Several websites are always at or near the top of Google’s search results for law firms in different cities and practice areas, and one of those is Avvo. Avvo is a sprawling and comprehensive site that, until recently, I assumed was so well-ranked because it is an established and trusted platform with thousands of pages of useful content. Avvo is one of the legal industry’s most highly trafficked sites.
It makes sense that Avvo would have a strong search presence, but the more I looked at its rankings, the more I was puzzled by how well each of their city directory pages ranked.
Here are a couple of examples:
Breaking Down Avvo’s Search Engine Success
When it comes to SEO performance, links that point to a web page are one of the most influential factors in how well that page ranks in search results. Each link is a “vote” that search engines use to rank web pages. Avvo excels at generating links to its local practice-area pages.
It turns out that Avvo’s local practice-area pages have lots of links coming from the websites of law firms in that city and practice area. So the Avvo page for criminal defense lawyers in Chicago, for example, has links from a bunch of criminal defense lawyers in Chicago. This doesn’t make much sense. Why would a law firm link to a list of direct competitors in its area?
If you look at the law-firm websites that link to Avvo’s local practice-area pages, however, they all have one thing in common: a bright blue-and-white Avvo rating badge.
The Avvo Badge
If you have claimed your Avvo profile, you have probably seen links to claim your badge, which you can add to your website in order to show visitors your Avvo rating. To do this, Avvo gives you a code you can copy and paste into your website to display your badge:
Avvo says the badge will send visitors “to your Avvo profile where they can review information about you and likely contact you for help to solve their legal needs.”
What Avvo doesn’t tell you is that the badge also includes a link to an Avvo directory page specific to your city and practice area. That’s right: the badge includes a link to a list of your competitors.
They also fail to mention that should your website visitor click the badge, he or she could end up on the directory page instead of your profile page. It depends on where they click the badge.
That means someone who started out as your potential client could land on a directory full of other lawyers. And if your Avvo profile isn’t on page one of that directory page, the visitor won’t see you at all, which could further discourage them from hitting the back button to get back to your website.
This definitely does not help lawyers who use Avvo badges. So why would Avvo include this extra link? There is a one-word answer: Google.
The Quickest Way to the Top of Google
Success in search engine results is largely about acquiring links from quality, relevant websites. And if you run a legal site like Avvo, there are no better websites to target than sites that belong to lawyers.
There are over one million attorney profiles on Avvo; if even a fraction of those lawyers embed the badge on their sites, Avvo will receive thousands of links to its city pages, which are directly competing with individual law firms for search engine visibility.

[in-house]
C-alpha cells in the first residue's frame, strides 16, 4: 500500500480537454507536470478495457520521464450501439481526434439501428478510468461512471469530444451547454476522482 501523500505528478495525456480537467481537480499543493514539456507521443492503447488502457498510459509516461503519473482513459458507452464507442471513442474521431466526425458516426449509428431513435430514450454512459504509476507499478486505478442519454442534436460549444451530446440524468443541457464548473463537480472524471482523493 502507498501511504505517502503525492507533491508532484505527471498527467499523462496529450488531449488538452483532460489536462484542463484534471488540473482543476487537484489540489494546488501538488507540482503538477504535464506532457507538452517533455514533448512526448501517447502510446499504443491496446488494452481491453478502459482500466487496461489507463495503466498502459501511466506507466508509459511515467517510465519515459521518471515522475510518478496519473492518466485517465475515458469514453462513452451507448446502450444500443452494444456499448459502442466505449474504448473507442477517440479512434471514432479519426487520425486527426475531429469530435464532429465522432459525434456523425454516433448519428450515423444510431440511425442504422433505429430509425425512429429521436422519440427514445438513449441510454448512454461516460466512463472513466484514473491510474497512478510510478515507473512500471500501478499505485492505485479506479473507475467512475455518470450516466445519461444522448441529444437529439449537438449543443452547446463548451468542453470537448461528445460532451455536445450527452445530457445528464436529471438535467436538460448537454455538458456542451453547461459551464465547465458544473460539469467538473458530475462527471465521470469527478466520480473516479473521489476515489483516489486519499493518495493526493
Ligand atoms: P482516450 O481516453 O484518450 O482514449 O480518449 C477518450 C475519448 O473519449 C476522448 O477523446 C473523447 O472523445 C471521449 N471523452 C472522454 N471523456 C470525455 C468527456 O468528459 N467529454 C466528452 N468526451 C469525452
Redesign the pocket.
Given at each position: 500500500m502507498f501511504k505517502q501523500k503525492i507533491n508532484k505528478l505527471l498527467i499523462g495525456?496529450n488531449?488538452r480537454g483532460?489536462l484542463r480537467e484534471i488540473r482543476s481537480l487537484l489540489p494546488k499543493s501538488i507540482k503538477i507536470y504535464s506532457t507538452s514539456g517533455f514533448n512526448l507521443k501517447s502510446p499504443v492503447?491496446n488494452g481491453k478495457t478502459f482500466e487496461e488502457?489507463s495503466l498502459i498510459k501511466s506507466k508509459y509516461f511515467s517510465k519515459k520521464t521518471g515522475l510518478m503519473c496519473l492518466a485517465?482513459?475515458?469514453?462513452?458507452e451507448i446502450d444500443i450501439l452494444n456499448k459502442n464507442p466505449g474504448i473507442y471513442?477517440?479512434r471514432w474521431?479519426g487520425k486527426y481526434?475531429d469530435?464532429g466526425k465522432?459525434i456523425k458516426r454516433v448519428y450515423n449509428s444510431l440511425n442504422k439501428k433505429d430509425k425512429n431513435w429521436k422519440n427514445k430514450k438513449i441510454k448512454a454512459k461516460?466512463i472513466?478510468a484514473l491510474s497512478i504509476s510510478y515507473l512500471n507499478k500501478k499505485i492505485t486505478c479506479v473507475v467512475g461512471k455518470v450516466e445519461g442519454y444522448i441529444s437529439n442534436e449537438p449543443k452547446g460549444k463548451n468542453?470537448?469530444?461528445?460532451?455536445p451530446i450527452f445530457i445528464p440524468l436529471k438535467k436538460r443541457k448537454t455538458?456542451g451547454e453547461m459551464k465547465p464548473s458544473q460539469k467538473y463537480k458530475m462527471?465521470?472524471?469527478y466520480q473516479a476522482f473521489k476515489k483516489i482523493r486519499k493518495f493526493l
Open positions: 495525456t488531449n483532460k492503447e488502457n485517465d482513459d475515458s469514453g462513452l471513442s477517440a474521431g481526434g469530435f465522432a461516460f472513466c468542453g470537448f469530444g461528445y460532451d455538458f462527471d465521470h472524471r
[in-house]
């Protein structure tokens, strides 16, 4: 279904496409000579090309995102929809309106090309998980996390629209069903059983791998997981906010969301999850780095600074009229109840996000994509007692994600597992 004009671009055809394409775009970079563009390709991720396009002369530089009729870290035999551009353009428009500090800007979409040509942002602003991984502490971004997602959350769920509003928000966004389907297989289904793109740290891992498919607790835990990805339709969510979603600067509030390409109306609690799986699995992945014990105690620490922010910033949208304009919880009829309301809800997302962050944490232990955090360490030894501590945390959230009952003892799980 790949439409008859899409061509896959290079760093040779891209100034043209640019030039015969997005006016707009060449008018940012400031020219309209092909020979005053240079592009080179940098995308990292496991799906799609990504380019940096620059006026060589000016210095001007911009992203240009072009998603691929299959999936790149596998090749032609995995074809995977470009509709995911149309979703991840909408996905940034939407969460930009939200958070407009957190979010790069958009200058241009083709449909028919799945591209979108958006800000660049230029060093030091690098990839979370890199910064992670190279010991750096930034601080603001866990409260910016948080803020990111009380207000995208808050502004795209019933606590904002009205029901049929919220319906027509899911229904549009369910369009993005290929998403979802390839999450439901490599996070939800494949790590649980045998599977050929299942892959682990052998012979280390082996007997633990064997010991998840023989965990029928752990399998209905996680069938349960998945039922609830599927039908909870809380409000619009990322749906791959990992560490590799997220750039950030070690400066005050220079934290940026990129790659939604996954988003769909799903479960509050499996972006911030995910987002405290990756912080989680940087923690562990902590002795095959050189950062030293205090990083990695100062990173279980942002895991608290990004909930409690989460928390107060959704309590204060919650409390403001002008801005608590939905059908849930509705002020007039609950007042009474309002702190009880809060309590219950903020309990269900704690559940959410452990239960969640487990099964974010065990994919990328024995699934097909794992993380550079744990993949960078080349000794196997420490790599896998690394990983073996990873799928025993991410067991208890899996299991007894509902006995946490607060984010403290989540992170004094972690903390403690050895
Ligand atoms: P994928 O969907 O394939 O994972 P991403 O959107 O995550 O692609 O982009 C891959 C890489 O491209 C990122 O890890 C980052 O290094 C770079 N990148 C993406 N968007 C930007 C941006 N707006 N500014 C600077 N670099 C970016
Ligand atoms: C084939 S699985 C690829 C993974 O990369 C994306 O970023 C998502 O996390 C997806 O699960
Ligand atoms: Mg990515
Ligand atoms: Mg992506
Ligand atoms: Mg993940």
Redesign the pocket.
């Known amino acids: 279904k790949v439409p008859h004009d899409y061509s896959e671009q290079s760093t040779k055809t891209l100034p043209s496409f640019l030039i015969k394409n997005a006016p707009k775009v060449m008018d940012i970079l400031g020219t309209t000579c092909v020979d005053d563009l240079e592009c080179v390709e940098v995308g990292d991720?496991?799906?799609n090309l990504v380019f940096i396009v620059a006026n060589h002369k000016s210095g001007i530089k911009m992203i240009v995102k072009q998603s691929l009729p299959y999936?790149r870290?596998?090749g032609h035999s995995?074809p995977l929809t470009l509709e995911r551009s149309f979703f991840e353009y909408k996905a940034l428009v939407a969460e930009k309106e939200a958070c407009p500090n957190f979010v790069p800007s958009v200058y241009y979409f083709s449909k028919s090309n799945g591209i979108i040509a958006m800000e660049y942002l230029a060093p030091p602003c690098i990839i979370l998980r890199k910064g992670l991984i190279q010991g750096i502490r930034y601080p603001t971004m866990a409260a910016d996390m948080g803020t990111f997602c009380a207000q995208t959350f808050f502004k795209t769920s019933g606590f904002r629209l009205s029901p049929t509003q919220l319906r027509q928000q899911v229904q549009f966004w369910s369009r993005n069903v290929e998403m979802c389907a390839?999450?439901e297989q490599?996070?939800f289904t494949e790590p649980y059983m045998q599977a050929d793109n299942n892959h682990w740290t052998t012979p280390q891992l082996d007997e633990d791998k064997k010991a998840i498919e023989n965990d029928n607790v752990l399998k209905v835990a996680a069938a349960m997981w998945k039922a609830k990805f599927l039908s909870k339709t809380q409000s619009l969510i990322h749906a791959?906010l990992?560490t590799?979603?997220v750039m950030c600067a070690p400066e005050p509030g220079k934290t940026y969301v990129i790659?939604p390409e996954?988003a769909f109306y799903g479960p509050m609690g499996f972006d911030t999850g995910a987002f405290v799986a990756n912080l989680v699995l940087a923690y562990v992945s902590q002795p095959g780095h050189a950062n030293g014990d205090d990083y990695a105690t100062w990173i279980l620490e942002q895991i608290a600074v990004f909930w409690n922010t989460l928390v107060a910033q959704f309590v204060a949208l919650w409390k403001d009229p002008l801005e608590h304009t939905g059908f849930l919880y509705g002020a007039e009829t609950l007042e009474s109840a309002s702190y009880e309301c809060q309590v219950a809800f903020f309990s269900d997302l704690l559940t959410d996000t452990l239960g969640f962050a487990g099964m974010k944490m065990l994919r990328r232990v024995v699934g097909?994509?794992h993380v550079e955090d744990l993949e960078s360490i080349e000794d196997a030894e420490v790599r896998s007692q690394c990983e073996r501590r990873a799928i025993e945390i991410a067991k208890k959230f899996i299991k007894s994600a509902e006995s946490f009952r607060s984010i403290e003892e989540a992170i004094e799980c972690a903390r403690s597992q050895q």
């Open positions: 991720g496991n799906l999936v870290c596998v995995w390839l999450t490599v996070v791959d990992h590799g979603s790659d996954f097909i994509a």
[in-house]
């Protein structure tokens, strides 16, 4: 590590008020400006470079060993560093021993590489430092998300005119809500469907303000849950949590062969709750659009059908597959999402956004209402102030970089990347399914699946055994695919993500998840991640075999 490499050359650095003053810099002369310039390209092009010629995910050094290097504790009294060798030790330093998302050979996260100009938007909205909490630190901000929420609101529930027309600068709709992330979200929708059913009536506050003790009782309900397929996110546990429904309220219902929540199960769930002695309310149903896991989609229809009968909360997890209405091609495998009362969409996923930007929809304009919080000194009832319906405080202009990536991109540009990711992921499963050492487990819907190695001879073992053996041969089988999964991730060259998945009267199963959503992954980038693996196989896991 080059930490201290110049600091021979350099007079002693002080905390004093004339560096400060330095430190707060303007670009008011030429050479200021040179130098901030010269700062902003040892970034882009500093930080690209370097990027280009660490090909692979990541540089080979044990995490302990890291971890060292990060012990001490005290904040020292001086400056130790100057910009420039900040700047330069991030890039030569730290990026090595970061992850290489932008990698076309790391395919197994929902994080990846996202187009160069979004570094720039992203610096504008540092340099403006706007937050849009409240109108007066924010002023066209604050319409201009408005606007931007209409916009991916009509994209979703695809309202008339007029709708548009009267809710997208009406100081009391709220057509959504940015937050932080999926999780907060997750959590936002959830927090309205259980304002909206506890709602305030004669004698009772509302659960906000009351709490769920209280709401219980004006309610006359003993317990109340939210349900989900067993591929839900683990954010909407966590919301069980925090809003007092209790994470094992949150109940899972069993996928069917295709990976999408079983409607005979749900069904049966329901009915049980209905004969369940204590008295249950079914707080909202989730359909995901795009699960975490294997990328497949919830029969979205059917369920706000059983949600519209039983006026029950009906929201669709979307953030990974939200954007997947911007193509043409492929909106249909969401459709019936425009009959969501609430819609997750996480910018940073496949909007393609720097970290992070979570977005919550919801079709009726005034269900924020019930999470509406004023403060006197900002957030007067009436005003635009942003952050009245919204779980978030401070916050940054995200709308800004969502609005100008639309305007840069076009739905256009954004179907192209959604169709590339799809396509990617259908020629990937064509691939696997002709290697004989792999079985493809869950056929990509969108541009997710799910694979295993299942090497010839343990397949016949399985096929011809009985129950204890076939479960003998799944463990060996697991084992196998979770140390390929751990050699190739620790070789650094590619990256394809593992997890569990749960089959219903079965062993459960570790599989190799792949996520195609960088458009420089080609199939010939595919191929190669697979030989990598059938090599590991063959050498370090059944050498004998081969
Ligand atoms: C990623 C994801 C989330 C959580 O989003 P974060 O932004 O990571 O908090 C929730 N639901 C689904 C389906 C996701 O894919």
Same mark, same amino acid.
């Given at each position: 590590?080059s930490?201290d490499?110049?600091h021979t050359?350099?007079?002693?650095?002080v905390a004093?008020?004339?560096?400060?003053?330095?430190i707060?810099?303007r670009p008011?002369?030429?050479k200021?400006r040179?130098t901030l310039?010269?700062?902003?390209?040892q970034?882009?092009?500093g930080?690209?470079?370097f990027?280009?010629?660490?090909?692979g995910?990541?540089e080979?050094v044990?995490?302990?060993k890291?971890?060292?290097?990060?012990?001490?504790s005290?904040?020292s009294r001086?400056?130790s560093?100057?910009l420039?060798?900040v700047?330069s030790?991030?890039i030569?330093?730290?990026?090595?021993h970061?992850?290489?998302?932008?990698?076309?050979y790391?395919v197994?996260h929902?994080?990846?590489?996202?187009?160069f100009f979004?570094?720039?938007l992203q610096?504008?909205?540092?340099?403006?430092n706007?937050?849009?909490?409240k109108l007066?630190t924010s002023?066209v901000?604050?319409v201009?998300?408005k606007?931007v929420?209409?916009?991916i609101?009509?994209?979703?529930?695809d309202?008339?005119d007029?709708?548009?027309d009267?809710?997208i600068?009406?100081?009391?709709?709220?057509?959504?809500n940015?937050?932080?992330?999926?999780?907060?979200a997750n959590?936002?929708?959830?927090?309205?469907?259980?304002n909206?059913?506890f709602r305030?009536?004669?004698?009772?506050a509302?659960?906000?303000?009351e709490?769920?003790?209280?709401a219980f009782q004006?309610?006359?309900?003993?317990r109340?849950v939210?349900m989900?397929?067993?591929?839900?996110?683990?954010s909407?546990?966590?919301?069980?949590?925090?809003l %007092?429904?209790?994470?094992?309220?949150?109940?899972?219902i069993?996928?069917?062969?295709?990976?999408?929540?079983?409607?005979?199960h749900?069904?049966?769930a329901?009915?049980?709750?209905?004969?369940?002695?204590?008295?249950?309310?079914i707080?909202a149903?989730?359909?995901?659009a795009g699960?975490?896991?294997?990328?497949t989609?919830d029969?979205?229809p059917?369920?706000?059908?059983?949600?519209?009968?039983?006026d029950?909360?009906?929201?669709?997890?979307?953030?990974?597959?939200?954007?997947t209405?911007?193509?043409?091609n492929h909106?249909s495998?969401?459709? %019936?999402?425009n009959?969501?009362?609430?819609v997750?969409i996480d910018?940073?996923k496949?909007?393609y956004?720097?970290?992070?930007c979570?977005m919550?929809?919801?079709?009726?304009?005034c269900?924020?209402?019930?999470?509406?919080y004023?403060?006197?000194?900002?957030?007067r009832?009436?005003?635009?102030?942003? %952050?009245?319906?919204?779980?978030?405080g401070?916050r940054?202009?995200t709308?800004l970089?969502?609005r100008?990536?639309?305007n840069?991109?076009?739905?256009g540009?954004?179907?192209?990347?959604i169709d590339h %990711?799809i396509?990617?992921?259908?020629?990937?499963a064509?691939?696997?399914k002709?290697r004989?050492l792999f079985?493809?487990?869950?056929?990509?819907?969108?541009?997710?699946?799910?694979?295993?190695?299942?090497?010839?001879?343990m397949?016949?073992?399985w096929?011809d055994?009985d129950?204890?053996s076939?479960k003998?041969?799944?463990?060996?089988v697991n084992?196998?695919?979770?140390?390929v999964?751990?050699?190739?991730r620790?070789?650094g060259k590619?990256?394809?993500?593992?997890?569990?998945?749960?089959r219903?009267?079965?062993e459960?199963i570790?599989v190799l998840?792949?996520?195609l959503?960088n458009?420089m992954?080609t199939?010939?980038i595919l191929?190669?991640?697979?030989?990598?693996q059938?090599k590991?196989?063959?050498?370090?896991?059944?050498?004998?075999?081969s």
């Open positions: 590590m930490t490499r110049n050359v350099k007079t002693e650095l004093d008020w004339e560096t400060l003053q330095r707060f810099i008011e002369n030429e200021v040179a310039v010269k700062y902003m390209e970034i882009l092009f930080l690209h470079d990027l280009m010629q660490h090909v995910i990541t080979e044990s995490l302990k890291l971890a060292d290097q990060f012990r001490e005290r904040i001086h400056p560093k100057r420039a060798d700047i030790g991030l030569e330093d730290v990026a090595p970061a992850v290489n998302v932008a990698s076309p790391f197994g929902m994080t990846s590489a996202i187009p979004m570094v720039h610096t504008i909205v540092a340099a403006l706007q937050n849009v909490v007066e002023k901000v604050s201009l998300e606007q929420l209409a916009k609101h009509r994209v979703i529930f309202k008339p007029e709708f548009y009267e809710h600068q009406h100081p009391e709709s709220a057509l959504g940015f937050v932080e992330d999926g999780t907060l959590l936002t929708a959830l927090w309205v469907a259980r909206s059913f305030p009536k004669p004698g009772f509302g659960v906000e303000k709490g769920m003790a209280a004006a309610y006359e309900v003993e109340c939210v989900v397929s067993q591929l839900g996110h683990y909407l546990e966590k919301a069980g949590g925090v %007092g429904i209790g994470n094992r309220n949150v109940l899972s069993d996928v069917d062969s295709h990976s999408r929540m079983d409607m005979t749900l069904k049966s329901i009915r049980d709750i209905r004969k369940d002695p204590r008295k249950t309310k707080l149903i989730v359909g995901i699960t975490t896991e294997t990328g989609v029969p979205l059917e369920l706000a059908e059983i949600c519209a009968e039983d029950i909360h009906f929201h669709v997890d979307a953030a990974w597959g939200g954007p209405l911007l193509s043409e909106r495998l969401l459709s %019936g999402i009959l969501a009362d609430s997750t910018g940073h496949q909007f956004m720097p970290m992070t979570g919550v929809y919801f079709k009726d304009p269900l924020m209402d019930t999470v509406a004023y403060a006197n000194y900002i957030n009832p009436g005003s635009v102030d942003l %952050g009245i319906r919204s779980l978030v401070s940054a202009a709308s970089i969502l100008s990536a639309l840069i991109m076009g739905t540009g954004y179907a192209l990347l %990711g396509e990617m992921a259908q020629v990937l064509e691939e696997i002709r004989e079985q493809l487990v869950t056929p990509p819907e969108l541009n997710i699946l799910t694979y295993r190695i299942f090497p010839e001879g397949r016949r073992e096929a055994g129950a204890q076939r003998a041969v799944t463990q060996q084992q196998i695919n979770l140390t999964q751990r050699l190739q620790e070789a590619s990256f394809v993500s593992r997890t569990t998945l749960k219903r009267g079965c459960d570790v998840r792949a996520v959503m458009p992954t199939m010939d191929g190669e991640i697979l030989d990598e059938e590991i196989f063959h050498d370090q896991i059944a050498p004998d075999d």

And that’s exactly what’s happened. Over the last year or so, Avvo’s search engine presence has skyrocketed. A search marketer for the site even said so, in a legal marketing discussion group:
“I moved some mountains … I can’t get in to specifics, but if you noticed that Avvo’s visibility increased over the past couple years, now you know one of the contributing factors.”
That is great for Avvo, but not great for individual law-firm websites.
This type of manipulative linking is also against Google’s webmaster guidelines, which outline the SEO industry’s best practices. Examples of links that violate these rules include:
“Keyword-rich, hidden or low-quality links embedded in widgets that are distributed across various sites …”
This is basically the definition of the city page links included in Avvo badges. The link provides no value to the website owner, and it is keyword-focused (the well-optimized “top lawyer” text on the badge links to the city page, not to the profile of the lawyer on whose website the badge appears).
In 2013, Matt Cutts, head of the webspam team at Google, addressed the topic directly.
In short, it’s an SEO no-no, but apparently it works. The badge links have given Avvo a huge leg up on every law firm trying to attract local search engine traffic.
If your practice relies on organic search traffic for potential leads, the Avvo badge is only helping Avvo, and making it more difficult for you — and your colleagues — to claim the top spots in Google.
What You Can Do Instead
The Avvo badge is a useful tool for building trust with online visitors, and the good news is you can use the badge without having to copy Avvo’s questionable website code.
All you need is an image of your badge and the URL of your Avvo profile. To get this, take a screenshot of your badge preview in your Avvo dashboard and put that on your website, linked to your profile. The only downside to this method is that you will have to update your image if your rating changes.
The Smart Way to Use Badges and Widgets
Badges can help you build trust and authority with your website visitors. But like the embedded Avvo badge, they may provide more benefit to the provider of the badge. When you add badges and widgets to your website, it helps to double-check what you’re really getting.
Avvo is a useful site that allows the public to easily find, compare and contact lawyers in practice areas and cities around the country. It serves a clear purpose and it’s a great platform for lawyers looking to share information and content.
But for law firms that focus on search engine traffic to generate leads, removing the embedded Avvo badge from your website is a good idea.